Unfortunately, analyzing securities for these criteria can be challenging since there aren’t uniform ESG reporting standards yet. However, as investor interest grows, so has the industry that rates companies for ESG performance. This trend suggests the future of ESG investing may offer greater opportunities for investors who wish to align their investments with their values.

How to Invest Sustainably

Investor interest in ESG investments hit an all-time high during the Covid-19 pandemic. In fact, Morningstar reported that ESG funds captured $51.1 billion of net new money from investors in 2020—a record and more than double the net inflows in 2019.

As interest in responsible investing gains momentum, sustainable investment strategies are increasingly becoming more accessible to individual investors. Whereas options were once constrained to mutual funds, there’s now a wide variety of ESG exchange-traded funds (ETFs) available. Specifically, the number of sustainable mutual funds and ETFs available to U.S. investors rose 30% year-over-year in 2020, according to a report issued by Morningstar earlier this year.

In addition, ESG strategies are no longer limited to stock funds. There’s also a growing number of options entering the ESG bond fund universe. Meaning, investors can now incorporate sustainable investment strategies across their entire asset allocation if they want.

Women and Sustainable Investing

Interest in sustainable investing appears to be growing among all types of investors. However, women have long led the charge in ESG investing since values-based investment strategies entered the scene.

For example, a recent client survey conducted by RBC Wealth Management found that women are more than twice as likely as men to say it’s extremely important that the companies they invest in integrate ESG factors into their policies and decisions. Another report from Cerulli found that the majority of women in the U.S. under age 60 favor ESG investing. 

Why do these statistics matter? Today, more than half of women in the U.S. are the primary breadwinners in their families, according to research from Prudential. And 30% of women surveyed are married breadwinners who are producing more than half of their household income. In other words, as our financial power grows, our investment decisions can have a greater impact on how companies address environmental, social, and governance issues.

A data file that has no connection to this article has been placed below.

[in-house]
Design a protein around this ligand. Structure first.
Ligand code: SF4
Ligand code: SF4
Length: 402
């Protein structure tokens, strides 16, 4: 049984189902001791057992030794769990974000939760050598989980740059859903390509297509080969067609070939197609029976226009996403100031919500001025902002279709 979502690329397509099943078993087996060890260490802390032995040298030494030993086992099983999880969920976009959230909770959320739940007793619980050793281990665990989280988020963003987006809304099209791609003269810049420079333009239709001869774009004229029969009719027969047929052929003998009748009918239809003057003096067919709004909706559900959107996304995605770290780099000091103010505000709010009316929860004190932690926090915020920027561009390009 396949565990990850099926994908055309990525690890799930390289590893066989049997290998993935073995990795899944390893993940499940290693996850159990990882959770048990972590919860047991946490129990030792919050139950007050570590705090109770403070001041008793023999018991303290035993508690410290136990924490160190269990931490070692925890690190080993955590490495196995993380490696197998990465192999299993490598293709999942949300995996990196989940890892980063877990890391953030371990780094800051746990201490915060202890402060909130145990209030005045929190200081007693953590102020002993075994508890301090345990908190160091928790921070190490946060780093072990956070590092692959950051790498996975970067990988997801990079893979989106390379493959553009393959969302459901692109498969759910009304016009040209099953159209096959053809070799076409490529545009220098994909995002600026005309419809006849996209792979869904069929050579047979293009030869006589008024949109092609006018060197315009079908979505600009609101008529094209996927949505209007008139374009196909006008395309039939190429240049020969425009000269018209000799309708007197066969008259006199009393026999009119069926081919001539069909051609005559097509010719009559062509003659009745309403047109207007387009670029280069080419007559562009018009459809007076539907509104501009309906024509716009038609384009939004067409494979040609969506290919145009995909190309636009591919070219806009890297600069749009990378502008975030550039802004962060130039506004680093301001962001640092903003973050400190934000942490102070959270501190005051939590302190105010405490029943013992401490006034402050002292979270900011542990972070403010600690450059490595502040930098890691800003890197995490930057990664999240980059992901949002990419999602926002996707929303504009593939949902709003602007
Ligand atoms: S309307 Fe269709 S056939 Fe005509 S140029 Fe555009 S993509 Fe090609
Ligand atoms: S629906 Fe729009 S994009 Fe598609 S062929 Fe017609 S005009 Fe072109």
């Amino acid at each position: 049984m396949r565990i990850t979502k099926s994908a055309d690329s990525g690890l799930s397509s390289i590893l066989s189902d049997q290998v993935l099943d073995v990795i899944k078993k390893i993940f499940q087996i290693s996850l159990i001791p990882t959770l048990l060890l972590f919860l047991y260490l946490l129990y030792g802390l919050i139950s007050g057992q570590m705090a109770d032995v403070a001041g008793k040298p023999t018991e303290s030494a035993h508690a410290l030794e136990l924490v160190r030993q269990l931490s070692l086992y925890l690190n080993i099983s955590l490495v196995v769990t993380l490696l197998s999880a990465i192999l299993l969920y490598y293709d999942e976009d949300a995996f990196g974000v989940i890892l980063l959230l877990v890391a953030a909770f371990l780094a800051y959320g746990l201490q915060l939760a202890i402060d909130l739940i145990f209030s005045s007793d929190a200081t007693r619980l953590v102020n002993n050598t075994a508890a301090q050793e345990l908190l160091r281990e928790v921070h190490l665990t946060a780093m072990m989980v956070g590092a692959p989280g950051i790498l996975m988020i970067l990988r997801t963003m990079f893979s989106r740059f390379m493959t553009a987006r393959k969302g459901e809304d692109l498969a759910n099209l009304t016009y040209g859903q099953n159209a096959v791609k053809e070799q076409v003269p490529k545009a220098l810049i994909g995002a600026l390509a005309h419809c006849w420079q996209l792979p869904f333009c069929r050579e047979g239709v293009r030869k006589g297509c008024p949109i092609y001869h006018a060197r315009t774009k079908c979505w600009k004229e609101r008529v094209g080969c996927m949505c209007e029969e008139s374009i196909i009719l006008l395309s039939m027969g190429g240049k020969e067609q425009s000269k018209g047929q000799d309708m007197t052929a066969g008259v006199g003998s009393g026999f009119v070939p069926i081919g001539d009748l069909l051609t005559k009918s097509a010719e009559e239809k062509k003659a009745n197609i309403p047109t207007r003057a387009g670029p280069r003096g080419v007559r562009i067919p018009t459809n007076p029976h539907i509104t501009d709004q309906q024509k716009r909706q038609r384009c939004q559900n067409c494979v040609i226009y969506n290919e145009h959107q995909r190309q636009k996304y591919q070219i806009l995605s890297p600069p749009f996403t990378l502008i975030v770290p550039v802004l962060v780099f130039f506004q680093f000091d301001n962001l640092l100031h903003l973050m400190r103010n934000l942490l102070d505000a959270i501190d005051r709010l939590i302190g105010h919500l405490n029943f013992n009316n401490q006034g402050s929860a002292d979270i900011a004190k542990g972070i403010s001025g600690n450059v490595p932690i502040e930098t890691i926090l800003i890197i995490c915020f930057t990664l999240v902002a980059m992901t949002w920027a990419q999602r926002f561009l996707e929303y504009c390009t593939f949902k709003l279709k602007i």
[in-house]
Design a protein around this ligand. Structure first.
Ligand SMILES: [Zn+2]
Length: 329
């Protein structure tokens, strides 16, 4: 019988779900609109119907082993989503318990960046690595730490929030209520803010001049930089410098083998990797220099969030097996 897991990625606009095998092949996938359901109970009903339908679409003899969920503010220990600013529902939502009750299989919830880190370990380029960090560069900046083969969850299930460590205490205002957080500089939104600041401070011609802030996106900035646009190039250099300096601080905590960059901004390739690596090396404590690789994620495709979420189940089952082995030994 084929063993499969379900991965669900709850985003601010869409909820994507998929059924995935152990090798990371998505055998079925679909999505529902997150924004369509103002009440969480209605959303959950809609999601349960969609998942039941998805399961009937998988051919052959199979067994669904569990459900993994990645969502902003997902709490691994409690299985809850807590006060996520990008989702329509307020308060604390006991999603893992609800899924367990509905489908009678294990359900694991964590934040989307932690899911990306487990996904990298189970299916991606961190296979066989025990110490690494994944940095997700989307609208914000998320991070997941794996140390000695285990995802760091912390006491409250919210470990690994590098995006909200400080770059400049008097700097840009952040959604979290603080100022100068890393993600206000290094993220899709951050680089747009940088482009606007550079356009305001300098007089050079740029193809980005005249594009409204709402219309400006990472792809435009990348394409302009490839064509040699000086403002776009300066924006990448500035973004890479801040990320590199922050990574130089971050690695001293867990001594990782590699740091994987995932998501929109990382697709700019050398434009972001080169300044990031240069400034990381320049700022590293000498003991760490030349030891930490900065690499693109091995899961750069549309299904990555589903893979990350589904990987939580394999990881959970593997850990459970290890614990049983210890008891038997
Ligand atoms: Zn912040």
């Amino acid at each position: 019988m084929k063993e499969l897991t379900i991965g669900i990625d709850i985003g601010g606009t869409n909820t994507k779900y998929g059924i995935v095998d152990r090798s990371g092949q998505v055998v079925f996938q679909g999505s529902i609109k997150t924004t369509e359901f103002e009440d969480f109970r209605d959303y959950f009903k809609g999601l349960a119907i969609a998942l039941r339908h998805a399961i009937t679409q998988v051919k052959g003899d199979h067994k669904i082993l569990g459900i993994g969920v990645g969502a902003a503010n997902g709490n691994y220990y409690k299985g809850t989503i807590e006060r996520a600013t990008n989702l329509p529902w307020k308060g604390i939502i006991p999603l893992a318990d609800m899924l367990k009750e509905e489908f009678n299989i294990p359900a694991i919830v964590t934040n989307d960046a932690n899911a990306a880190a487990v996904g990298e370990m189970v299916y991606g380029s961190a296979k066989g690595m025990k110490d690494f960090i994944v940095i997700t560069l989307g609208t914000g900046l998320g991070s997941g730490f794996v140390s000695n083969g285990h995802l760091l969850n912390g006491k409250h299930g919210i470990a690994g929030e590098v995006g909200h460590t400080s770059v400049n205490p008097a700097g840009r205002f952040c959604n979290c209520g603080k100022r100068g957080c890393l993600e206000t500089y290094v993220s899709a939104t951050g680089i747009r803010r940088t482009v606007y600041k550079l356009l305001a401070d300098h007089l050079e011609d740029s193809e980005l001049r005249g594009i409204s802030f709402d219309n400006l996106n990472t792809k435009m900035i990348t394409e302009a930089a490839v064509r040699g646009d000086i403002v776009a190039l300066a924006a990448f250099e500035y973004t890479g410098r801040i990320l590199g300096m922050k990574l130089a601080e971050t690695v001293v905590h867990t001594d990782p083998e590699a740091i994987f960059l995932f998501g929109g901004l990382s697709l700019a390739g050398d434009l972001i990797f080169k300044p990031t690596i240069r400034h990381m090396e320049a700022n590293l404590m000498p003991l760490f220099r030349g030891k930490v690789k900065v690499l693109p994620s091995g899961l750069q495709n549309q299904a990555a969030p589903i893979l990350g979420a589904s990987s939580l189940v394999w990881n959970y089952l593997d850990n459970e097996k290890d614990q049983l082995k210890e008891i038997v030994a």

At Curtis Financial Planning, we help you invest in strategies aligned with your values, so you can feel better about your financial decisions. Please get in touch if you’d like to learn more. We’d love to hear from you.  

In the meantime, if this brief primer on sustainable investing interests you, please take this survey. You’ll find out what issues you care most about when it comes to your investment dollars.

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The Truth About Diversification

financial planning diversification

financial planning diversification

Most investment advisors  (including me) believe that building and maintaining a diversified portfolio is the most prudent way to invest clients’ money.

Not only do numerous studies of asset class* returns support this, but no matter how smart and experienced the advisor is, it’s near impossible to predict with consistency which asset will outperform in any given time frame. That isn’t to say that it doesn’t take skill and expertise to build a diversified portfolio – it does – many metrics come into play such as growth prospects, valuation metrics, and global economic trends.

* There are four broad assets classes:

  • Stocks or equities
  • Fixed income or bonds
  • Money market or cash equivalents
  • Real estate (represented by REITS)

And, within each asset class are sub-asset classes  (or stock sectors) that allow for greater diversification, for example, with the stock asset class, you will find large U.S. stocks, small U.S. stocks, international stocks, and emerging markets stocks. And, within the fixed income asset class are different types of bonds: short-term, hi-yield, muni, etc.

The reality about diversification is that a truly diversified portfolio will not provide the return of the best performing asset over a given time, nor will it match the performance of the worst performing asset. The return will be somewhere in between. Which is precisely the point – the highs are less high, but the lows are less low making it more likely that an investor will not panic and change strategy at exactly the wrong time.

Remember the calmness in the markets in 2017 when all stock sectors seemed to go only up? And, indeed, the returns were pretty amazing: 37.2% for emerging market stocks, 27.4% for S&P 500 growth stocks, and 24.2% for the MSCI (a global stock index) for example. Now, take a look at the chart below which shows returns year to date through June 15, 2018. You can see that the best performing sector so far this year is the Russell 2000 (an index that represents small-cap U.S. Stocks).